The end of the dollar bill? High cotton prices could force $1 coin

Steven Nelson (admin) | Contributor

It turns out $1 bills are worth less than the paper they’re printed on.

So-called “paper money” is composed of 75% cotton and 25% linen. This means that money printers are being badly hit by the global increase in cotton prices. In 2010, the cost of making one bill was 50% more than it had been in 2008. That’s a hell of a leap for such a little piece of “paper”.

Multiply a 50% increase (to 9.6 cents per note) by the 6.4 billion new currency notes that were printed last year, and you get a very expensive way of making money. In 2008 printing cash only cost 6.4 cents per bill. But although the cost of the cotton is a significant factor in the price of producing dollar notes, it represents “less than half the total cost” of the notes, according to the U.S. Government Accountability Office. For many reasons, paper bills are just more hassle than they’re worth.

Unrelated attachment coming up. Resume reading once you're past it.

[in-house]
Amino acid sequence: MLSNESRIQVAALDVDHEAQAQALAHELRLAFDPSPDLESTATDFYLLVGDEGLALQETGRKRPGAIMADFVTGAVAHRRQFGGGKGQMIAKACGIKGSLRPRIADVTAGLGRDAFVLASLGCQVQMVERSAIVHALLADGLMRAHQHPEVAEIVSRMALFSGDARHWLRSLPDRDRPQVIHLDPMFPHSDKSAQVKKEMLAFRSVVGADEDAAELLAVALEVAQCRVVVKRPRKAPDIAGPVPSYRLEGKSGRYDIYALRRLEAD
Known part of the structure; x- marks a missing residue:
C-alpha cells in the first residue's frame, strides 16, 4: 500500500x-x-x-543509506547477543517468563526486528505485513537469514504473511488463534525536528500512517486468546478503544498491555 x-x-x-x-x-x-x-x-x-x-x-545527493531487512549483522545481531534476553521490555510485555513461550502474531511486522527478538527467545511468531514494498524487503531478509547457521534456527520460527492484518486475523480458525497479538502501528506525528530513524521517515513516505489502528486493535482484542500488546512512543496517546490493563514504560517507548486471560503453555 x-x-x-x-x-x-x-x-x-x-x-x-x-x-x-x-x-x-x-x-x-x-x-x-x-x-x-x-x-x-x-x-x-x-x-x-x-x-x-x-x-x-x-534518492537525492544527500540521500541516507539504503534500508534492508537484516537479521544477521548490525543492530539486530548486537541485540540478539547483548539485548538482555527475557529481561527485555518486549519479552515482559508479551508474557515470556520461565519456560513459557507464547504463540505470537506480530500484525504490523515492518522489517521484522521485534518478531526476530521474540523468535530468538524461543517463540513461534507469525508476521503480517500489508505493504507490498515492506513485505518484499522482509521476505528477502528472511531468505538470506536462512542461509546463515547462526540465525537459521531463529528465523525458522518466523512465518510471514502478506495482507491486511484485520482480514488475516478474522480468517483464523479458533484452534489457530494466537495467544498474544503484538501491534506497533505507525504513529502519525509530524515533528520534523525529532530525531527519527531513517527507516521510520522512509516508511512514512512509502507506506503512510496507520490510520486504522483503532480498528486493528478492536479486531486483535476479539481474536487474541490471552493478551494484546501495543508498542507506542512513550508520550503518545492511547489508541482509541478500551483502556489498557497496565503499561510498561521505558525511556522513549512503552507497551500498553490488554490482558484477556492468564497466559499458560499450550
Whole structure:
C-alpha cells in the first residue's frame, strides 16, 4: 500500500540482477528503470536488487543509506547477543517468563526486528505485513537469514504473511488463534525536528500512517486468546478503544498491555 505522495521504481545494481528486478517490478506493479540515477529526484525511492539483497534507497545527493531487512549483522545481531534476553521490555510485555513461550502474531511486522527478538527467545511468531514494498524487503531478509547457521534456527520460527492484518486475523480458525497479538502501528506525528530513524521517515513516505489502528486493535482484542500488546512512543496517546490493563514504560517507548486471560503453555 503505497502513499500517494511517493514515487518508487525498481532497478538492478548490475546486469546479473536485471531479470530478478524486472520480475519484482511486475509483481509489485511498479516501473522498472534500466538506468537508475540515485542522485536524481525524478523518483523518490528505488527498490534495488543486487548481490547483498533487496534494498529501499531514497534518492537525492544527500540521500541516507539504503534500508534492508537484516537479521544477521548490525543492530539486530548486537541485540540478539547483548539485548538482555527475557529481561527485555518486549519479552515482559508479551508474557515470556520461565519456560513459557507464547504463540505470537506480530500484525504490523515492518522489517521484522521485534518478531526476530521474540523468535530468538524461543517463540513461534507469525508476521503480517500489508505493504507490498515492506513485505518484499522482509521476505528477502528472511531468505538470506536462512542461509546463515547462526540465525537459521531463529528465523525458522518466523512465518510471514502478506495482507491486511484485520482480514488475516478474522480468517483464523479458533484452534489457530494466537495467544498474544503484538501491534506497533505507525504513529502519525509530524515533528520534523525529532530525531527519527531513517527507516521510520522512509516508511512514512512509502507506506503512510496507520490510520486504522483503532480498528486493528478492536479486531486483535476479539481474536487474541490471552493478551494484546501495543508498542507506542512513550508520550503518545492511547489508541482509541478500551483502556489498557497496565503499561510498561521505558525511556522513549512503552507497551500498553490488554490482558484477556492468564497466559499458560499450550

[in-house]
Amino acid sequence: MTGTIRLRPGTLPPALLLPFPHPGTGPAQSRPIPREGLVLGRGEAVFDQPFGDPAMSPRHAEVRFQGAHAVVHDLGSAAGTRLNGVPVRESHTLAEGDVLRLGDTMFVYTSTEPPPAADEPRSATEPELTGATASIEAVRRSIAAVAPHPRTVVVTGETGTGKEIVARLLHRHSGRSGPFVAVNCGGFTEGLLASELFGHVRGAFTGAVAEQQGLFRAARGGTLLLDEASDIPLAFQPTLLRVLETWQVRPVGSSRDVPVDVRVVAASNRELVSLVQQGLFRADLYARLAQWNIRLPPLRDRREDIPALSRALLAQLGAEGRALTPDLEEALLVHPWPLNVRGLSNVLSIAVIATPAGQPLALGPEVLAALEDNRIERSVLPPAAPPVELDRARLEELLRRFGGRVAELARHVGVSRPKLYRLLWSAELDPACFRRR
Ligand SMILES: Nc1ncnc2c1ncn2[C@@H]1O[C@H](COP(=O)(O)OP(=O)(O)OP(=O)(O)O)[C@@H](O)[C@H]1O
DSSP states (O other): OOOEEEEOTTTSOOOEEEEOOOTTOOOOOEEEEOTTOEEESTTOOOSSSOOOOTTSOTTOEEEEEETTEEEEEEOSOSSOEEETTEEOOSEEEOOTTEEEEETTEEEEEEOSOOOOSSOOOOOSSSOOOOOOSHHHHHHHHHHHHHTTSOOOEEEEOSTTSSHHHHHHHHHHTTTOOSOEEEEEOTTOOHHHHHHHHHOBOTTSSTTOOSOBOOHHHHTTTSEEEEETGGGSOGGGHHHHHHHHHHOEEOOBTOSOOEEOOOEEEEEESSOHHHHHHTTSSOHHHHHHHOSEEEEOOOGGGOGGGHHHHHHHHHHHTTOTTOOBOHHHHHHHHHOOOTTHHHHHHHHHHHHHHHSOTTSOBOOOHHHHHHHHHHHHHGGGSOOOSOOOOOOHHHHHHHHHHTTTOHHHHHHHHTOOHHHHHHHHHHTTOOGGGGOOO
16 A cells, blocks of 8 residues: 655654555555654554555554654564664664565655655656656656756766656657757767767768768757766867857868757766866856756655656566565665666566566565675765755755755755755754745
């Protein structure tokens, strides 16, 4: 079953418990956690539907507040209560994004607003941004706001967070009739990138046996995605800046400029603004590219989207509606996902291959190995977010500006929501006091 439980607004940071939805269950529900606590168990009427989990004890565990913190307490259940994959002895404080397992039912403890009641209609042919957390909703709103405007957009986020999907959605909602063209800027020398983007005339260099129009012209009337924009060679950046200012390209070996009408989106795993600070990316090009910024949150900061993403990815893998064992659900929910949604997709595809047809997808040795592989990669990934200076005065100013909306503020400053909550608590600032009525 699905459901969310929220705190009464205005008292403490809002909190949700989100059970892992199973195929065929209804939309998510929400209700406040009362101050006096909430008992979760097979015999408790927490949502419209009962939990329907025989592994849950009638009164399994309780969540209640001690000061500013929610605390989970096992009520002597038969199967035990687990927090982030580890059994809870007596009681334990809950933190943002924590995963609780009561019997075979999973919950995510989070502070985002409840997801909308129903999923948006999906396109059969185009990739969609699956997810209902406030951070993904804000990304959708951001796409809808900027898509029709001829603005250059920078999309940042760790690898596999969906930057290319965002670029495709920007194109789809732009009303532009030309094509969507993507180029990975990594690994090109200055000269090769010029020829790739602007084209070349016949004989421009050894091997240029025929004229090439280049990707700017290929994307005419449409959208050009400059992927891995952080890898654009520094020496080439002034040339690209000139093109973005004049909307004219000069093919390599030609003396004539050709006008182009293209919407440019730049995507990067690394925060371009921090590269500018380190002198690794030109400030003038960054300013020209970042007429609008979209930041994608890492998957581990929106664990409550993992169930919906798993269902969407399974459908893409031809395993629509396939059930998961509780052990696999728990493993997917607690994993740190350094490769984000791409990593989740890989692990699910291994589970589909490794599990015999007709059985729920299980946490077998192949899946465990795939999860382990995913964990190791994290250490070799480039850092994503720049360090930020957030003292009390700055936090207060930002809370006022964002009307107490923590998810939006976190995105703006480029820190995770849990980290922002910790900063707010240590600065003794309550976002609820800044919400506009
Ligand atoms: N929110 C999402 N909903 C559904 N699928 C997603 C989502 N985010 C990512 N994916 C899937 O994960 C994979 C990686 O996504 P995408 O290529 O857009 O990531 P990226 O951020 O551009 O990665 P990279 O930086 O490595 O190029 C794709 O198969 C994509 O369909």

Full story: The end of the dollar bill? High cotton prices could force $1 coin

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